“One of the reasons why we’ve maintained a high level of interest [in Wiscasset] is the regional impacts those delays cause—not only to the town of Wiscasset but to adjoining communities, particularly north of Wiscasset,” Audibert said.
Since presenting the proposals to the public in March, officials have been hearing more positive reactions to the state’s offerings than negative.
“I definitely have heard a lot of enthusiasm,” said Ben Averill, Wiscasset’s planner. “As far as I’m aware, I haven’t heard really anything negative, which is great to hear.”
Averill is pleased with the proposals because both options address the town’s concerns of improving traffic flow and pedestrian safety. “Regardless of which option is the final option, I think that either improvement will significantly make downtown a better and more vibrant place,” he said.
“DOT’s proposals for village improvements are very exciting!” wrote Lucia Droby, volunteer organizer of the Wiscasset Art Walk, in an email. “Wider sidewalks will provide more performance space for Wiscasset Art Walk artists and will add a new graciousness to the village, which should be very welcoming to visitors,” she wrote.
“I see [the proposals] as a giant benefit for Wiscasset,” said Susan Robson, a floor manager at Sarah’s Café and active resident who serves as chairwoman of the town’s waterfront committee and as treasurer of Museum in the Streets.
“I do think there are lots of questions to be answered, but I think this is a great opportunity for the town to work together and create what we want,” she said.
STOREFRONT PARKING CUT
Among those questions is the impact of removing storefront parking along Route 1. Traditionally, shoppers and business owners are protective of storefront parking, but many store owners in Wiscasset are supportive of the elimination of the parking spaces, said Averill, who has heard from some of them.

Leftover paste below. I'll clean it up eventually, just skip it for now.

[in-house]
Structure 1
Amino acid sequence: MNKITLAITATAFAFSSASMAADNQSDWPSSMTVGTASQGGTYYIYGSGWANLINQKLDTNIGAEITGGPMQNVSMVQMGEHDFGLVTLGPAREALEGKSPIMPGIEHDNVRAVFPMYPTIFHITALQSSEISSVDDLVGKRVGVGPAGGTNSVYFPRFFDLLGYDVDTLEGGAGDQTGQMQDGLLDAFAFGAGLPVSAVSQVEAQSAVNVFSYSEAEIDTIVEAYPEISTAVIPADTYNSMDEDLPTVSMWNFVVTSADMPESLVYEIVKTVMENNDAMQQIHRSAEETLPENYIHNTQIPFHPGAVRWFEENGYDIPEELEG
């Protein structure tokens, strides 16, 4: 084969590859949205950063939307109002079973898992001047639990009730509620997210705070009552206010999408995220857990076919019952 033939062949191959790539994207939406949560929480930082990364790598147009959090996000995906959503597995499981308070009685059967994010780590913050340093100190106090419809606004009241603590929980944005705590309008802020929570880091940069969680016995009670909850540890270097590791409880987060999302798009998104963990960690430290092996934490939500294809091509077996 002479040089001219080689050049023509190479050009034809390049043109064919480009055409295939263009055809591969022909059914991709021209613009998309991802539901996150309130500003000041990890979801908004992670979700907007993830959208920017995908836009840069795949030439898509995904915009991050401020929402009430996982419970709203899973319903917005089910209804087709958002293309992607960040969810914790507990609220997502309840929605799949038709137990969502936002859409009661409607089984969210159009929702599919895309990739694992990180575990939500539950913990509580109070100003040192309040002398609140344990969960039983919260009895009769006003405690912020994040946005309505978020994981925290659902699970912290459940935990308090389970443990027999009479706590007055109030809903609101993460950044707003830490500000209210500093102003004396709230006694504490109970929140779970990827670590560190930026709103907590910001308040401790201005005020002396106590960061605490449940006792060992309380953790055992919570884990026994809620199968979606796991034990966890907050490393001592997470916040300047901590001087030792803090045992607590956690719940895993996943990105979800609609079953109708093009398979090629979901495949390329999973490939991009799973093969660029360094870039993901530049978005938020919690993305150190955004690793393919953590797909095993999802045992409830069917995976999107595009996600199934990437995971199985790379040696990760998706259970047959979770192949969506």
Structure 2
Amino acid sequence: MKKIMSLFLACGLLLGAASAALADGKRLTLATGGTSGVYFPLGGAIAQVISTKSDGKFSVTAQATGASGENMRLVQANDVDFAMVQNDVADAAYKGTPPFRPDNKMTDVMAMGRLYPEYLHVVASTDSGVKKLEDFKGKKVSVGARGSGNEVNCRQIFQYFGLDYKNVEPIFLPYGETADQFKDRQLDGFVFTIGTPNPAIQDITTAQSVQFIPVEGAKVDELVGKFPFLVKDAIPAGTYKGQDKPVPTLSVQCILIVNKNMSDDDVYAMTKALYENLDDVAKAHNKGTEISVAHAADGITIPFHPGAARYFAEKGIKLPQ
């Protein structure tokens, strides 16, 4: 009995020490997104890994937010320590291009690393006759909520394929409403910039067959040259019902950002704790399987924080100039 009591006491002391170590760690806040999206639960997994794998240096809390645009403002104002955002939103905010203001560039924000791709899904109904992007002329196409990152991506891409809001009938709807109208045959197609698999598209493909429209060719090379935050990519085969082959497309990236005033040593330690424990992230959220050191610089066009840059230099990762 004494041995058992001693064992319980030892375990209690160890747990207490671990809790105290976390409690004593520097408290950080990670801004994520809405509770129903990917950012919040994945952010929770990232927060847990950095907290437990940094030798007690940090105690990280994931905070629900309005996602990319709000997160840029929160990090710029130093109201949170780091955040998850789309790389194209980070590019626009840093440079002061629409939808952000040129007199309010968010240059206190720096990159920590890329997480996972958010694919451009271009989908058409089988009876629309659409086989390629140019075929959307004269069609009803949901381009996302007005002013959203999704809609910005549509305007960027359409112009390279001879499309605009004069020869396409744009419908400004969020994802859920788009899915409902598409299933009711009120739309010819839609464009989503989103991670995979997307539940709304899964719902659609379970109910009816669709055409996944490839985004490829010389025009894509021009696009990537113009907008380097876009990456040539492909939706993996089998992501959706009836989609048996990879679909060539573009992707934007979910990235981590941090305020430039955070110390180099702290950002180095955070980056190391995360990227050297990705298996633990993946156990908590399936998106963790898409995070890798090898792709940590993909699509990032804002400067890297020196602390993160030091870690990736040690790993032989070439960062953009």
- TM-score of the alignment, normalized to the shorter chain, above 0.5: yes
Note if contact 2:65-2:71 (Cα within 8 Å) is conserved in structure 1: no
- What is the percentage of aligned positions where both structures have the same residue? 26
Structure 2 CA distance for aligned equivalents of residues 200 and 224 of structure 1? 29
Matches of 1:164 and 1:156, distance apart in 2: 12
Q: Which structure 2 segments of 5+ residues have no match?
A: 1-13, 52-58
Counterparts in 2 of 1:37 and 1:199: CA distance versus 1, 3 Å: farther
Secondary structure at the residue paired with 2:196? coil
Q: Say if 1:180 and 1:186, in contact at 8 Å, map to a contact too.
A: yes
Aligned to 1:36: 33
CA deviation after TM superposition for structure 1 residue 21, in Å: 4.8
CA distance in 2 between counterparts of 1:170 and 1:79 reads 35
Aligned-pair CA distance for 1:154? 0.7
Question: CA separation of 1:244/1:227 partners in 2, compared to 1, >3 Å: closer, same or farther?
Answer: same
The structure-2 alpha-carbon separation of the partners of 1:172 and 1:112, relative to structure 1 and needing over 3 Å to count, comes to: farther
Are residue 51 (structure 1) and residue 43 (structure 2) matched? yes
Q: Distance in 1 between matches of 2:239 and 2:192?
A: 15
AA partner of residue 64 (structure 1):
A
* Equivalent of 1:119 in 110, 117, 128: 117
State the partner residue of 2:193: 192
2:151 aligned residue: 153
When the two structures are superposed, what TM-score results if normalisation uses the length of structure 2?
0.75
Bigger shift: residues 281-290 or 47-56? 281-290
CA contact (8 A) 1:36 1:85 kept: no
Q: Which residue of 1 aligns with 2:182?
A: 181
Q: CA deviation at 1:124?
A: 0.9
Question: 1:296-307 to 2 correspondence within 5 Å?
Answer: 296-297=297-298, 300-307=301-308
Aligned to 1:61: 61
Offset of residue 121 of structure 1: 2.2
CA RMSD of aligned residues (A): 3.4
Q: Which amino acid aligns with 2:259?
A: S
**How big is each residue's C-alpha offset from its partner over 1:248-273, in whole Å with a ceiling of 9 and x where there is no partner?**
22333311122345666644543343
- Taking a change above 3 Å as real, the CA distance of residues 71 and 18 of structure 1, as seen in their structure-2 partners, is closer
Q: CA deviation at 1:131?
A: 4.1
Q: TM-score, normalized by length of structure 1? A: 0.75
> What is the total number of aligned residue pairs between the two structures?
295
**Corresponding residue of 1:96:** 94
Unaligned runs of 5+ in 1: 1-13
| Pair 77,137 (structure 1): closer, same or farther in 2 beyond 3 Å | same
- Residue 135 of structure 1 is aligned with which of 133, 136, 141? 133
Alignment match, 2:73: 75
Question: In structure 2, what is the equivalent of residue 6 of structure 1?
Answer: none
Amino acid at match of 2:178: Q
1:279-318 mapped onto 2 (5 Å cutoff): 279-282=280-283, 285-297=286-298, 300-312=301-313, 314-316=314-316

“They have a feeling that people would be more likely to walk around the area and visit their shops and other shops without the parking,” he said.
One of the shop owners with storefront parking is Kelley Belanger of In the Clover, an eco-friendly bath and body boutique at the corner of Route 1 and Middle Street. She says she is “definitely” in favor of removing the parking. “To me, the parking that is in front of the store is extremely dangerous,” she said. Pedestrians walk out into the road and drivers can’t see them, and cars backing out of those spaces into oncoming traffic is risky and contributes to traffic delays, she said. The options offered by DOT, she said, will make it safer for motorists and pedestrians and will bring in more people.
“I’m hoping as well we’re going to add benches and greenery and beautification here so it becomes a great little walking town,” she said. “That, to me, is very important.”
DOT plans on holding meetings with downtown merchants and the public before the referendum. If Wiscasset’s selectmen give the DOT the go-ahead on one of the options (a third option is to do nothing), then construction is likely to begin in late 2017 or early 2018, said the DOT’s Audibert. He expects construction would take two to three construction seasons (fall, spring, fall) for the project to be completed.
For details on the proposals and the public meeting schedule, go to www.maine.gov/mdot/projects/wiscasset/downtown/